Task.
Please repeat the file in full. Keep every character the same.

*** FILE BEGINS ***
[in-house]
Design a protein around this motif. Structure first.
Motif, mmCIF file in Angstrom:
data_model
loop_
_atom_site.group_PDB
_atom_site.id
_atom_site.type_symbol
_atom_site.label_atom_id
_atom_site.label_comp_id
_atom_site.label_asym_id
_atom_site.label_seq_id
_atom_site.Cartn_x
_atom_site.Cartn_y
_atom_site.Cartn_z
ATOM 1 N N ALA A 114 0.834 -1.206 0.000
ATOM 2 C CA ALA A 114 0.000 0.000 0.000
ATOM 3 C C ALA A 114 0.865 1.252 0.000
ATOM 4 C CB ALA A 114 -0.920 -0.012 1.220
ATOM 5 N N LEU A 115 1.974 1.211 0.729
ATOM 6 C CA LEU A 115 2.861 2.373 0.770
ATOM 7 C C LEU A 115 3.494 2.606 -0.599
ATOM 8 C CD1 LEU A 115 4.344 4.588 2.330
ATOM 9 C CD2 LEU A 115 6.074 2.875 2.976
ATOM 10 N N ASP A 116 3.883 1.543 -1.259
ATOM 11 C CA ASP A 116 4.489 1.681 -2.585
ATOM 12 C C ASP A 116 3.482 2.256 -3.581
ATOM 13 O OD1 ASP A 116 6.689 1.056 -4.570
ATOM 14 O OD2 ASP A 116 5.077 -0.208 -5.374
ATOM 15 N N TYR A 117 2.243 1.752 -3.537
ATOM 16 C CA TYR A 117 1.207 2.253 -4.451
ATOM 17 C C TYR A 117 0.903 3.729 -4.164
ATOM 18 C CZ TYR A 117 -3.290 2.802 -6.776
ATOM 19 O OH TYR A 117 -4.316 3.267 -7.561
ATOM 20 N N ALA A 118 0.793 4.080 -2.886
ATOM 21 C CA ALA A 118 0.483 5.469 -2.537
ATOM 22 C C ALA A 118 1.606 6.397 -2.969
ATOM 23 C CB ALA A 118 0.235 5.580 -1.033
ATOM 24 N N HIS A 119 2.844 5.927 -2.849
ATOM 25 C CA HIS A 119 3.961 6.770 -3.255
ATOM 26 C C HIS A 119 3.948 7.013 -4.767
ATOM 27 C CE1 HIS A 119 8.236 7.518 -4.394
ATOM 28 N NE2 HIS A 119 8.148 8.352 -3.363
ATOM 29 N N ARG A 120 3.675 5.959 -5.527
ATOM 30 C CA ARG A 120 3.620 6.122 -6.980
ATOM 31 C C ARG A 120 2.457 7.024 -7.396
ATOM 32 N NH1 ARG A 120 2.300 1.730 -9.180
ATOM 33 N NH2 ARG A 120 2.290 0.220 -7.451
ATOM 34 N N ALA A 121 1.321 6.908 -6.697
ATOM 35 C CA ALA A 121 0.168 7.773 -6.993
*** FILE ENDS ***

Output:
[in-house]
Design a protein around this motif. Structure first.
Motif, mmCIF file in Angstrom:
data_model
loop_
_atom_site.group_PDB
_atom_site.id
_atom_site.type_symbol
_atom_site.label_atom_id
_atom_site.label_comp_id
_atom_site.label_asym_id
_atom_site.label_seq_id
_atom_site.Cartn_x
_atom_site.Cartn_y
_atom_site.Cartn_z
ATOM 1 N N ALA A 114 0.834 -1.206 0.000
ATOM 2 C CA ALA A 114 0.000 0.000 0.000
ATOM 3 C C ALA A 114 0.865 1.252 0.000
ATOM 4 C CB ALA A 114 -0.920 -0.012 1.220
ATOM 5 N N LEU A 115 1.974 1.211 0.729
ATOM 6 C CA LEU A 115 2.861 2.373 0.770
ATOM 7 C C LEU A 115 3.494 2.606 -0.599
ATOM 8 C CD1 LEU A 115 4.344 4.588 2.330
ATOM 9 C CD2 LEU A 115 6.074 2.875 2.976
ATOM 10 N N ASP A 116 3.883 1.543 -1.259
ATOM 11 C CA ASP A 116 4.489 1.681 -2.585
ATOM 12 C C ASP A 116 3.482 2.256 -3.581
ATOM 13 O OD1 ASP A 116 6.689 1.056 -4.570
ATOM 14 O OD2 ASP A 116 5.077 -0.208 -5.374
ATOM 15 N N TYR A 117 2.243 1.752 -3.537
ATOM 16 C CA TYR A 117 1.207 2.253 -4.451
ATOM 17 C C TYR A 117 0.903 3.729 -4.164
ATOM 18 C CZ TYR A 117 -3.290 2.802 -6.776
ATOM 19 O OH TYR A 117 -4.316 3.267 -7.561
ATOM 20 N N ALA A 118 0.793 4.080 -2.886
ATOM 21 C CA ALA A 118 0.483 5.469 -2.537
ATOM 22 C C ALA A 118 1.606 6.397 -2.969
ATOM 23 C CB ALA A 118 0.235 5.580 -1.033
ATOM 24 N N HIS A 119 2.844 5.927 -2.849
ATOM 25 C CA HIS A 119 3.961 6.770 -3.255
ATOM 26 C C HIS A 119 3.948 7.013 -4.767
ATOM 27 C CE1 HIS A 119 8.236 7.518 -4.394
ATOM 28 N NE2 HIS A 119 8.148 8.352 -3.363
ATOM 29 N N ARG A 120 3.675 5.959 -5.527
ATOM 30 C CA ARG A 120 3.620 6.122 -6.980
ATOM 31 C C ARG A 120 2.457 7.024 -7.396
ATOM 32 N NH1 ARG A 120 2.300 1.730 -9.180
ATOM 33 N NH2 ARG A 120 2.290 0.220 -7.451
ATOM 34 N N ALA A 121 1.321 6.908 -6.697
ATOM 35 C CA ALA A 121 0.168 7.773 -6.993